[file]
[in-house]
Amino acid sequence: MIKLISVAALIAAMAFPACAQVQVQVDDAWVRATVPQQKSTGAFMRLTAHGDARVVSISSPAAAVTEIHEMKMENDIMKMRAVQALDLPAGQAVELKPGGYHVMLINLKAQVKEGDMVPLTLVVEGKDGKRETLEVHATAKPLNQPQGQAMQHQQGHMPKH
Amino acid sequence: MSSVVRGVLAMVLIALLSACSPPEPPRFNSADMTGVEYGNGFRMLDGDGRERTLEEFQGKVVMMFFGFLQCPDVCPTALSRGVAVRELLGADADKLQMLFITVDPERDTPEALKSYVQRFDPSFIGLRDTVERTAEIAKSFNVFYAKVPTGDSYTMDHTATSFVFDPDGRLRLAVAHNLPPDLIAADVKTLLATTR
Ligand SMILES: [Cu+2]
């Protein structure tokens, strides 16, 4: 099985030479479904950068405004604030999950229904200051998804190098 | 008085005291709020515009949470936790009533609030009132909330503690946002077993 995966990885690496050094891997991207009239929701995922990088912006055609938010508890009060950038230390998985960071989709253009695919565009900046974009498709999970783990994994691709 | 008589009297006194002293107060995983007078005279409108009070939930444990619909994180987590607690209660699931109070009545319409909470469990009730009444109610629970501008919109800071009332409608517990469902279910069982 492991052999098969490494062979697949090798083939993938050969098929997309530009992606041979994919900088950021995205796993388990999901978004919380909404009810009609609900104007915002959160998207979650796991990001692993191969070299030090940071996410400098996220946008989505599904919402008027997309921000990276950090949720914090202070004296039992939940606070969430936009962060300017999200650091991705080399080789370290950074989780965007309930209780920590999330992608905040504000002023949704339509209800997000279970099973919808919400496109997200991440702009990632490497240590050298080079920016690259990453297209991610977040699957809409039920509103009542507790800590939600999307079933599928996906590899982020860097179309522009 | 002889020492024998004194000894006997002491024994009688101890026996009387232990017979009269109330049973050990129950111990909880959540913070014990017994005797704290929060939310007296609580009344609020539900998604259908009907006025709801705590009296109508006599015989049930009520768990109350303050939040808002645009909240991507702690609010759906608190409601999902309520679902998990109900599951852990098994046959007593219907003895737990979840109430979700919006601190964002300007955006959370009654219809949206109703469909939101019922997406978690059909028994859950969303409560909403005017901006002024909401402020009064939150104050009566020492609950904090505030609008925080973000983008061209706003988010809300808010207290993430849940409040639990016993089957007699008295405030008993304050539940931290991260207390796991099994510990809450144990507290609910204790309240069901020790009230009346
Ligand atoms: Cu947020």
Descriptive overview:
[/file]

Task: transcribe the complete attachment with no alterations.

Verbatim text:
[in-house]
Amino acid sequence: MIKLISVAALIAAMAFPACAQVQVQVDDAWVRATVPQQKSTGAFMRLTAHGDARVVSISSPAAAVTEIHEMKMENDIMKMRAVQALDLPAGQAVELKPGGYHVMLINLKAQVKEGDMVPLTLVVEGKDGKRETLEVHATAKPLNQPQGQAMQHQQGHMPKH
Amino acid sequence: MSSVVRGVLAMVLIALLSACSPPEPPRFNSADMTGVEYGNGFRMLDGDGRERTLEEFQGKVVMMFFGFLQCPDVCPTALSRGVAVRELLGADADKLQMLFITVDPERDTPEALKSYVQRFDPSFIGLRDTVERTAEIAKSFNVFYAKVPTGDSYTMDHTATSFVFDPDGRLRLAVAHNLPPDLIAADVKTLLATTR
Ligand SMILES: [Cu+2]
């Protein structure tokens, strides 16, 4: 099985030479479904950068405004604030999950229904200051998804190098 | 008085005291709020515009949470936790009533609030009132909330503690946002077993 995966990885690496050094891997991207009239929701995922990088912006055609938010508890009060950038230390998985960071989709253009695919565009900046974009498709999970783990994994691709 | 008589009297006194002293107060995983007078005279409108009070939930444990619909994180987590607690209660699931109070009545319409909470469990009730009444109610629970501008919109800071009332409608517990469902279910069982 492991052999098969490494062979697949090798083939993938050969098929997309530009992606041979994919900088950021995205796993388990999901978004919380909404009810009609609900104007915002959160998207979650796991990001692993191969070299030090940071996410400098996220946008989505599904919402008027997309921000990276950090949720914090202070004296039992939940606070969430936009962060300017999200650091991705080399080789370290950074989780965007309930209780920590999330992608905040504000002023949704339509209800997000279970099973919808919400496109997200991440702009990632490497240590050298080079920016690259990453297209991610977040699957809409039920509103009542507790800590939600999307079933599928996906590899982020860097179309522009 | 002889020492024998004194000894006997002491024994009688101890026996009387232990017979009269109330049973050990129950111990909880959540913070014990017994005797704290929060939310007296609580009344609020539900998604259908009907006025709801705590009296109508006599015989049930009520768990109350303050939040808002645009909240991507702690609010759906608190409601999902309520679902998990109900599951852990098994046959007593219907003895737990979840109430979700919006601190964002300007955006959370009654219809949206109703469909939101019922997406978690059909028994859950969303409560909403005017901006002024909401402020009064939150104050009566020492609950904090505030609008925080973000983008061209706003988010809300808010207290993430849940409040639990016993089957007699008295405030008993304050539940931290991260207390796991099994510990809450144990507290609910204790309240069901020790009230009346
Ligand atoms: Cu947020």
Descriptive overview: